The time markers threw me off from time to time. Goon Squad winds its way back and forth through the decades, intertwining lives together, like in some warped rock and roll time machine. You meet characters, and then their children and their children's technology, and then jump back in time to regain a foothold on why it all mattered so much in the first place. Egan's language is so poetic, and each chapter stands alone as a short story. It didn't surprise me to read the acknowledgements and see that many chapters first appeared in Granta, the New Yorker, and other magazines of fictional record.

I know nothing about the music industry. My greatest claim to fame is dating a couple of guys who were in bands that would play at the QE2 bar in Albany in the early 1990s. We wore a lot of black, but I leaned more toward the vintage dress with combat boots combination; a fashion era aptly covered in Goon Squad. That said, I was relatively squeaky clean compared to Egan's characters who smoked pot and downed ecstasy pills like they were Tic-Tacs. I could drink a few watered down rum and cokes at the Palais Royale, but it was generally with my nearest and dearest restaurant pals after a long shift, with Patsy Cline crooning in the background. Not sordid, in other words.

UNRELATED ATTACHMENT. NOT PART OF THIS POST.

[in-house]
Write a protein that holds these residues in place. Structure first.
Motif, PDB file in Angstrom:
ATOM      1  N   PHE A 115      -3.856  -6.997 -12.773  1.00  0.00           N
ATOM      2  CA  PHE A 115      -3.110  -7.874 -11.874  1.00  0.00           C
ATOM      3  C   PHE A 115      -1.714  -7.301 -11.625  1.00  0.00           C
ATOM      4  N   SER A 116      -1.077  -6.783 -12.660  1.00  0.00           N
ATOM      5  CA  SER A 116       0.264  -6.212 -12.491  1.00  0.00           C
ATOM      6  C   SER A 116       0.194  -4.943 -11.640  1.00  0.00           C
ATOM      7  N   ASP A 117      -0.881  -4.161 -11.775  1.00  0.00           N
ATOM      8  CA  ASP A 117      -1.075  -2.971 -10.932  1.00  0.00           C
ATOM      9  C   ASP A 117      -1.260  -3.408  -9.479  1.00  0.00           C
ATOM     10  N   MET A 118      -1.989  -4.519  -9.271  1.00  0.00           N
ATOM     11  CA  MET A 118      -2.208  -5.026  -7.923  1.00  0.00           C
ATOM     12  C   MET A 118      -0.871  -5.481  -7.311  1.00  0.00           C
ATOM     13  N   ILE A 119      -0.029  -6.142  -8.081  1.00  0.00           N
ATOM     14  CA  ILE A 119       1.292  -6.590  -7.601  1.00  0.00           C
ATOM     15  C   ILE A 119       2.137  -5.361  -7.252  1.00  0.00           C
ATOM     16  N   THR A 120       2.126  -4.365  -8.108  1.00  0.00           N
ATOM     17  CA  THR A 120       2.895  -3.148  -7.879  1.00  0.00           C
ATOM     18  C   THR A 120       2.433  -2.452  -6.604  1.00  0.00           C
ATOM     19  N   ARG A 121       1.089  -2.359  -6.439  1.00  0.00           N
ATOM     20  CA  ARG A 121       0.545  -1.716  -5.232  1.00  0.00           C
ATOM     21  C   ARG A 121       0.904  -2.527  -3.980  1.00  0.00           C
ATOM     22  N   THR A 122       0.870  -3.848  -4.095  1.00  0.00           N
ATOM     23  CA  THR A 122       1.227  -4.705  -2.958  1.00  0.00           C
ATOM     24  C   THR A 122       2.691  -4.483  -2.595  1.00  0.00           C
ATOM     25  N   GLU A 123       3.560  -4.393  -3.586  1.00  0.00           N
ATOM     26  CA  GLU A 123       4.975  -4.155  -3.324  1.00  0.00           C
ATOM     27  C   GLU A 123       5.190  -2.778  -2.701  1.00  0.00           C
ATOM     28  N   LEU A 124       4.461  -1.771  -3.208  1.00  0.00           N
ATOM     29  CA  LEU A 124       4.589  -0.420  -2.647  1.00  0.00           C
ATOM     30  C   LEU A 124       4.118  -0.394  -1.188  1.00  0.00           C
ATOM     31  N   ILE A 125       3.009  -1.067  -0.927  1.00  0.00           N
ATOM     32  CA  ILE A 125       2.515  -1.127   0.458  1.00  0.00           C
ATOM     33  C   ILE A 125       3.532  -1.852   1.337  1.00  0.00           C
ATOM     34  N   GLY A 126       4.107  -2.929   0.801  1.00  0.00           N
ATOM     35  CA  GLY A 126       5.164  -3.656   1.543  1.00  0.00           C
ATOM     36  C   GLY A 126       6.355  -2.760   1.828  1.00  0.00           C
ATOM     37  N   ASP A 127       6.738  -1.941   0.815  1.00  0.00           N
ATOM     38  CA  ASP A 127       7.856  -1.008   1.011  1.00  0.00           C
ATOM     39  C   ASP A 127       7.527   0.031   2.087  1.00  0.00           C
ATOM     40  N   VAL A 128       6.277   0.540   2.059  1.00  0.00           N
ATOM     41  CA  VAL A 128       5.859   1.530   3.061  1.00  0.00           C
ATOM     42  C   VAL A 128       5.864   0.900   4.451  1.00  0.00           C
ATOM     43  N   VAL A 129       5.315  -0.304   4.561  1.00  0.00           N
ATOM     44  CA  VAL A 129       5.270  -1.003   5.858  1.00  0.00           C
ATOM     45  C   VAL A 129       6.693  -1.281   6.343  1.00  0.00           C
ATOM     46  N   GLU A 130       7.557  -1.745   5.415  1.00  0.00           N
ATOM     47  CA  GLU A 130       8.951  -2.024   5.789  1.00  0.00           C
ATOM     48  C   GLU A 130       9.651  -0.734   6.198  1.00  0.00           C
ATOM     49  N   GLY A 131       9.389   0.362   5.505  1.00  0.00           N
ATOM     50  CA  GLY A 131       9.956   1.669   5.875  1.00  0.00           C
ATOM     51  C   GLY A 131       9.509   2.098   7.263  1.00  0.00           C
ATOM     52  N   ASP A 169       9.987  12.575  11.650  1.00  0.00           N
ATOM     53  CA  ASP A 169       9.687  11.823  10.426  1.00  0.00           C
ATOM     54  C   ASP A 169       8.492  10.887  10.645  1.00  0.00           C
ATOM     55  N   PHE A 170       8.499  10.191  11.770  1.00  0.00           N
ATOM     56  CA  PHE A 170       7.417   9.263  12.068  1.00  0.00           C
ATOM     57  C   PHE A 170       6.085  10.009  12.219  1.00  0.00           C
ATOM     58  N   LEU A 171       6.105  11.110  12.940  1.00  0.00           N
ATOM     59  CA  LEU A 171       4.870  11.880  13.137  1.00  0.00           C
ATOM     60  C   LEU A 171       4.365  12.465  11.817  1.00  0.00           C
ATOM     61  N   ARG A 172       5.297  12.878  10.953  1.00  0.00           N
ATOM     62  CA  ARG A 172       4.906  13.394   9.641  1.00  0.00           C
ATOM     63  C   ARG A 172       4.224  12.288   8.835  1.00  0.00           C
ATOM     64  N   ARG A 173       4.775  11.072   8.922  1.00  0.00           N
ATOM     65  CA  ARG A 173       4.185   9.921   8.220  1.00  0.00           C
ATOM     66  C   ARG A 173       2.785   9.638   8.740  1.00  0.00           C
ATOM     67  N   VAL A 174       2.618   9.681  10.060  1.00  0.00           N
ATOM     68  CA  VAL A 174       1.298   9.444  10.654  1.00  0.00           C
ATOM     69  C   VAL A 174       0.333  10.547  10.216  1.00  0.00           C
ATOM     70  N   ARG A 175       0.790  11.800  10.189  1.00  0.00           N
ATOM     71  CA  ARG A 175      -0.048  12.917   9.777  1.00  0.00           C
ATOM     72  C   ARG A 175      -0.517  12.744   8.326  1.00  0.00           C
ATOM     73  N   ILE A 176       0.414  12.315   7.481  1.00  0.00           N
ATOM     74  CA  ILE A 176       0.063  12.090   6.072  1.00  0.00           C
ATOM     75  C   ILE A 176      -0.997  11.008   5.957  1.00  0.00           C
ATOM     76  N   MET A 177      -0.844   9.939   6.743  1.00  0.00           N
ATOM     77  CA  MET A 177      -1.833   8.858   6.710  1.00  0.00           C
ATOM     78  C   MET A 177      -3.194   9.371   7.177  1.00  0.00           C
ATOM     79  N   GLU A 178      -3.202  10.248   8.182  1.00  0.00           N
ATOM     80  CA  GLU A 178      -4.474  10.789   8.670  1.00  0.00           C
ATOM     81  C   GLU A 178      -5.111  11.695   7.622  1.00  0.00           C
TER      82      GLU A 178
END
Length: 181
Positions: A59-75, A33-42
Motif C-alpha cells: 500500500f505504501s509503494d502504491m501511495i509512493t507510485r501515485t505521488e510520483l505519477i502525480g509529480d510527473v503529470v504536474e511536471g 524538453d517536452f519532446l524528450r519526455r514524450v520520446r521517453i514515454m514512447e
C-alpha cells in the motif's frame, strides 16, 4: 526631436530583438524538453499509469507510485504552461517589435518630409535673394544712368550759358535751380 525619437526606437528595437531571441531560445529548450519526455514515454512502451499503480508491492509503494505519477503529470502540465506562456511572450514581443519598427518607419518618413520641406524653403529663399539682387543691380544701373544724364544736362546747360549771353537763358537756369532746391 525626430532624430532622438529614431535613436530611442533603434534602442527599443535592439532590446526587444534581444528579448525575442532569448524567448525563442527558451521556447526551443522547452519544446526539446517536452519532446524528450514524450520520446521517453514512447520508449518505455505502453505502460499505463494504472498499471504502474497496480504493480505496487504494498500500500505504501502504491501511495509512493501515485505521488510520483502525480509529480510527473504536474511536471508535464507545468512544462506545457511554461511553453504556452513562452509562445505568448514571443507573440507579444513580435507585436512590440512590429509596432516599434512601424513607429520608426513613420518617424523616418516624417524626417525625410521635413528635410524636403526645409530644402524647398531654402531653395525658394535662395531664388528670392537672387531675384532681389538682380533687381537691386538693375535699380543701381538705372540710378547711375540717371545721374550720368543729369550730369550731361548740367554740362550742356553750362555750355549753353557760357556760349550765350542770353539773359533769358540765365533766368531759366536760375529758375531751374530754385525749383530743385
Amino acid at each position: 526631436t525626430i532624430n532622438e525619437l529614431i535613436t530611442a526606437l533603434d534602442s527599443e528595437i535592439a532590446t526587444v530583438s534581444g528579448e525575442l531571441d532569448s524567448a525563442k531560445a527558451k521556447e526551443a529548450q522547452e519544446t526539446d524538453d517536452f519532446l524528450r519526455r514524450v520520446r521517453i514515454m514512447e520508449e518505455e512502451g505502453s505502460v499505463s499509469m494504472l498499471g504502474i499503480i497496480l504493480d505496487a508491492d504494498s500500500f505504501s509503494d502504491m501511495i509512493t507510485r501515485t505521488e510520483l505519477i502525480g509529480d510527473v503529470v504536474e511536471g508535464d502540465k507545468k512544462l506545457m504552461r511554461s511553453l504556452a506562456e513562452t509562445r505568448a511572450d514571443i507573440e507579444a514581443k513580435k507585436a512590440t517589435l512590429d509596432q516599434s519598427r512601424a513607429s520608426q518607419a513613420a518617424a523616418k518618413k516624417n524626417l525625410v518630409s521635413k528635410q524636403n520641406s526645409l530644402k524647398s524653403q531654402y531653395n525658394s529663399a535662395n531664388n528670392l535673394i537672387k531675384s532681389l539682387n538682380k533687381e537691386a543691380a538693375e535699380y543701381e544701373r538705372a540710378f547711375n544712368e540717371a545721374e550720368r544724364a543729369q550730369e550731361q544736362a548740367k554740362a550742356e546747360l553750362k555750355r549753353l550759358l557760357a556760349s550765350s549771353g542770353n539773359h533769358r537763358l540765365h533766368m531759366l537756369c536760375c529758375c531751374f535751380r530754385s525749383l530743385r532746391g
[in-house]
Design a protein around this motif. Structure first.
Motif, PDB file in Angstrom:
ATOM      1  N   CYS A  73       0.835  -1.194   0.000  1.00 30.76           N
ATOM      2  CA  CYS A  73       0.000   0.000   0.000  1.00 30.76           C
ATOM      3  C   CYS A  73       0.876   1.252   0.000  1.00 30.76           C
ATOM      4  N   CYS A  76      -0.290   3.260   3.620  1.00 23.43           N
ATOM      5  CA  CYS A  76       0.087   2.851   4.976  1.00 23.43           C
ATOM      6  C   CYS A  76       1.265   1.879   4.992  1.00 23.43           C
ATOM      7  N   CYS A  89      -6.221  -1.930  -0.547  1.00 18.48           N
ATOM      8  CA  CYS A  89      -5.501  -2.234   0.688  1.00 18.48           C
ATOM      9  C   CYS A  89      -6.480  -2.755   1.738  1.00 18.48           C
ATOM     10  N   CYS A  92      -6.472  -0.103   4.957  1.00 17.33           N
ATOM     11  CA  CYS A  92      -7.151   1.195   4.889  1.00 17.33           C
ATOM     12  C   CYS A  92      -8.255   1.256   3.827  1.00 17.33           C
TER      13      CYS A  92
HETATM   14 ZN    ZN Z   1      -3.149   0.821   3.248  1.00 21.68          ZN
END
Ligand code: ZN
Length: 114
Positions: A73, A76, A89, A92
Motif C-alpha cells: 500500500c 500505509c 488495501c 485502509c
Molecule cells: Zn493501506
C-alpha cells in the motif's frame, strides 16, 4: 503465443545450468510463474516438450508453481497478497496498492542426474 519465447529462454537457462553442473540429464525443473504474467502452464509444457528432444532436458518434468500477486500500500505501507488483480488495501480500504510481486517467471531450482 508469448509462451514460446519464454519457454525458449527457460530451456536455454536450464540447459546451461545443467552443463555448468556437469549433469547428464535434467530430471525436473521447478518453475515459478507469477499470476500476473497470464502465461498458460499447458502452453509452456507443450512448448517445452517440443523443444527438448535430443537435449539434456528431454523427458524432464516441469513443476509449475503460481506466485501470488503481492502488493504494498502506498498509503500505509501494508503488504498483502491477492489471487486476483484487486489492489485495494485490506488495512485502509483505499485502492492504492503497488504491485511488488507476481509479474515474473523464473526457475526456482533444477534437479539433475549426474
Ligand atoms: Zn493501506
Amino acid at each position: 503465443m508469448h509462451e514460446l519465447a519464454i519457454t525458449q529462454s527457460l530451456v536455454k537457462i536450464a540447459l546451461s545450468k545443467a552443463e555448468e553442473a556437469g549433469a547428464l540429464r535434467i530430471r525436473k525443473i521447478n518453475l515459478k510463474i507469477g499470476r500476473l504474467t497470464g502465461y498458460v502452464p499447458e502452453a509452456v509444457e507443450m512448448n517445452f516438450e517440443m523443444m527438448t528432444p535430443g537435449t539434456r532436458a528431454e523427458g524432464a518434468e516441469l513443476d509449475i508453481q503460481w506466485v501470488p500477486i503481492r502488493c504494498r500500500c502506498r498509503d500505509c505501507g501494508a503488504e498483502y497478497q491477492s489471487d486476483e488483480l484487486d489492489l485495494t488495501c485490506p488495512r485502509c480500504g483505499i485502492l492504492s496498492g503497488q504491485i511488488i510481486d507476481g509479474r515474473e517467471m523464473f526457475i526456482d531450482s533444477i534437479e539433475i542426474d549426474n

My real musical Brush With History crashed into me one day in 1995 or so due to an acquaintance's out of town emergency. Heather, who worked at Rykodisc (or was it Rhino?), a label David Byrne was affiliated with at the time, was supposed to show up at his home in Chelsea to help him get his equipment to the Supper Club for that evenings' show. I was an Editorial Assistant at American Heritage, which was in the neighborhood at the Forbes Building on 5th Avenue and 12th Street, and since she couldn't be in town she called on me to pinch hit and act as if I was someone who worked for her label. My boss Richard Snow gave me the afternoon off so I could go and be an imposter (yet another reason he was my best boss, hands down, ever). I showed up at Byrne's doorstep on, I believe it was 21st street between 8th and 9th Avenue, rang the doorbell, and he promptly answered. I told him I was sent by Rykodisc to help him get settled at the Supper Club. He asked me to follow him downstairs to his studio, and then he picked up a guitar and played a few chords. "How does that sound to you?" he asked me. ME! I can't remember if/ how I came up with words to answer him. "It sounds great!"? "Wow!"? I'm sure I said something brilliantly articulate like that. I helped him plop some guitars in the trunk of a yellow taxi cab, but he'd inadvertently locked us out of his house before we'd packed everything he needed, and so we had to make our way to his office on 12th street so he could pick up an extra set of his house keys. The whole time we were in the cab, he would say these random things that sounded like Talking Heads lyrics: "Look at that bicycle hanging on that pole!"